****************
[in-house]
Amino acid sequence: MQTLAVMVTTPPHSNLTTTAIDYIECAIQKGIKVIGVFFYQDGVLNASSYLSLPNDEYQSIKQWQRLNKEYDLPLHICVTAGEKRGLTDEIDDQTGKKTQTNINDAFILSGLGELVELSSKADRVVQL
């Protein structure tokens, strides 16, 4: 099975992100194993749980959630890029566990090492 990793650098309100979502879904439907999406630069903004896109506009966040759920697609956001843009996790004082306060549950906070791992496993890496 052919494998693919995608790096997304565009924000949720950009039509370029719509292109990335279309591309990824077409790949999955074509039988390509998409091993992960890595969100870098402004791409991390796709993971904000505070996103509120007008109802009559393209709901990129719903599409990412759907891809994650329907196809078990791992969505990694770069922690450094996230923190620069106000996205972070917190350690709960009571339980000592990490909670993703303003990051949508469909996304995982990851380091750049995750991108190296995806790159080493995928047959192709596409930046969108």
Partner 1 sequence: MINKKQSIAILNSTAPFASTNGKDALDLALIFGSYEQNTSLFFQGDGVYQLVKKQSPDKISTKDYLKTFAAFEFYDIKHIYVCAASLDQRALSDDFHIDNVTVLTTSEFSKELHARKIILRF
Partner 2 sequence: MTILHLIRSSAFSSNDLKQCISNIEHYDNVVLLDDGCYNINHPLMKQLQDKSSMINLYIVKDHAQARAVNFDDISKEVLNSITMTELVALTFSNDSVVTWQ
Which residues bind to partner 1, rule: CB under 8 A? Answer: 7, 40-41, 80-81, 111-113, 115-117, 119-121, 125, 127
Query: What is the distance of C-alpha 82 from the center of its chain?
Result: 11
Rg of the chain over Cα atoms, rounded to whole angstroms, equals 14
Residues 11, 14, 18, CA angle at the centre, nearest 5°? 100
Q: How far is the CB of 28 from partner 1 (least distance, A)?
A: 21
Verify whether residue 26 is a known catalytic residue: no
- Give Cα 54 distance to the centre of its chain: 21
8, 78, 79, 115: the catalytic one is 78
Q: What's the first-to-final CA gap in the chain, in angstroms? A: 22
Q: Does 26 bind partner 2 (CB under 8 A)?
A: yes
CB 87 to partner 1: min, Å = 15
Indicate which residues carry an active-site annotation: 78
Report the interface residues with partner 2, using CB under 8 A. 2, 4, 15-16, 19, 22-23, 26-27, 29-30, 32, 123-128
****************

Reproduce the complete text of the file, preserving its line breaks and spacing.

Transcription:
[in-house]
Amino acid sequence: MQTLAVMVTTPPHSNLTTTAIDYIECAIQKGIKVIGVFFYQDGVLNASSYLSLPNDEYQSIKQWQRLNKEYDLPLHICVTAGEKRGLTDEIDDQTGKKTQTNINDAFILSGLGELVELSSKADRVVQL
């Protein structure tokens, strides 16, 4: 099975992100194993749980959630890029566990090492 990793650098309100979502879904439907999406630069903004896109506009966040759920697609956001843009996790004082306060549950906070791992496993890496 052919494998693919995608790096997304565009924000949720950009039509370029719509292109990335279309591309990824077409790949999955074509039988390509998409091993992960890595969100870098402004791409991390796709993971904000505070996103509120007008109802009559393209709901990129719903599409990412759907891809994650329907196809078990791992969505990694770069922690450094996230923190620069106000996205972070917190350690709960009571339980000592990490909670993703303003990051949508469909996304995982990851380091750049995750991108190296995806790159080493995928047959192709596409930046969108």
Partner 1 sequence: MINKKQSIAILNSTAPFASTNGKDALDLALIFGSYEQNTSLFFQGDGVYQLVKKQSPDKISTKDYLKTFAAFEFYDIKHIYVCAASLDQRALSDDFHIDNVTVLTTSEFSKELHARKIILRF
Partner 2 sequence: MTILHLIRSSAFSSNDLKQCISNIEHYDNVVLLDDGCYNINHPLMKQLQDKSSMINLYIVKDHAQARAVNFDDISKEVLNSITMTELVALTFSNDSVVTWQ
Which residues bind to partner 1, rule: CB under 8 A? Answer: 7, 40-41, 80-81, 111-113, 115-117, 119-121, 125, 127
Query: What is the distance of C-alpha 82 from the center of its chain?
Result: 11
Rg of the chain over Cα atoms, rounded to whole angstroms, equals 14
Residues 11, 14, 18, CA angle at the centre, nearest 5°? 100
Q: How far is the CB of 28 from partner 1 (least distance, A)?
A: 21
Verify whether residue 26 is a known catalytic residue: no
- Give Cα 54 distance to the centre of its chain: 21
8, 78, 79, 115: the catalytic one is 78
Q: What's the first-to-final CA gap in the chain, in angstroms? A: 22
Q: Does 26 bind partner 2 (CB under 8 A)?
A: yes
CB 87 to partner 1: min, Å = 15
Indicate which residues carry an active-site annotation: 78
Report the interface residues with partner 2, using CB under 8 A. 2, 4, 15-16, 19, 22-23, 26-27, 29-30, 32, 123-128